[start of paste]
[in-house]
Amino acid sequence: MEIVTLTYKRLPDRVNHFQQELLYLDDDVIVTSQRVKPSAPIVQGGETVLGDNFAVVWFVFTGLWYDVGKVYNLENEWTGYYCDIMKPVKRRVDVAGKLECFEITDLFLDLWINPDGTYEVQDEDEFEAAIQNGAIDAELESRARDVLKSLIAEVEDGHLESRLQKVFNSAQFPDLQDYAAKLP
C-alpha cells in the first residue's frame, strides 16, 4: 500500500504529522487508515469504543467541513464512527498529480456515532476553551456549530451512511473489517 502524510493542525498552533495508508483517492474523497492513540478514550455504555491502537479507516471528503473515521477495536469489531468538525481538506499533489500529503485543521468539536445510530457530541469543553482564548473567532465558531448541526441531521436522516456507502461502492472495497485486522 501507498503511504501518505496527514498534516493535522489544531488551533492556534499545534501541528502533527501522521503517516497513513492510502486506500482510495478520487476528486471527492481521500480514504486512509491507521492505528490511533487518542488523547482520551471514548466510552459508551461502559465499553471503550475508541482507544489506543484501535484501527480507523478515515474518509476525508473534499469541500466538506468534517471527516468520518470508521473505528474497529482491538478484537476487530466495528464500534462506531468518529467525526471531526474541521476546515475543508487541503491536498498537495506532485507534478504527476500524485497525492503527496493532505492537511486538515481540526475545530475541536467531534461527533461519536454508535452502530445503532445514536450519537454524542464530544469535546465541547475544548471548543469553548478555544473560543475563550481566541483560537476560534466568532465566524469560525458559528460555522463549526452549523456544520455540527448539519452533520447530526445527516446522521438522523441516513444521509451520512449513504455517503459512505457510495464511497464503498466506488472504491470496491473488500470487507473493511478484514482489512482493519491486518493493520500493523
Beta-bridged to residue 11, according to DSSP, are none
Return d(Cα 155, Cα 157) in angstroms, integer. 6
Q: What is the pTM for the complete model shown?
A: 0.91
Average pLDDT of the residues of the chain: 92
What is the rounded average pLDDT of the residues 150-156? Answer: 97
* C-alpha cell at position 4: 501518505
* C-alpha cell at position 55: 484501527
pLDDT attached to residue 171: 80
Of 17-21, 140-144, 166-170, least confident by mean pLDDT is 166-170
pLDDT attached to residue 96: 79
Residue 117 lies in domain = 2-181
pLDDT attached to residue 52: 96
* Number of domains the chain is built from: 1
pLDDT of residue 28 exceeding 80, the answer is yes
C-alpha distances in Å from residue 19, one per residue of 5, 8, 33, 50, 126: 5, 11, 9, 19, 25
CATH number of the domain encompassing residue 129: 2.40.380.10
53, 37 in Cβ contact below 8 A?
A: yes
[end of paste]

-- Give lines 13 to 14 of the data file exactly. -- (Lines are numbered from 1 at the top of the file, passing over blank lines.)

Of 17-21, 140-144, 166-170, least confident by mean pLDDT is 166-170
pLDDT attached to residue 96: 79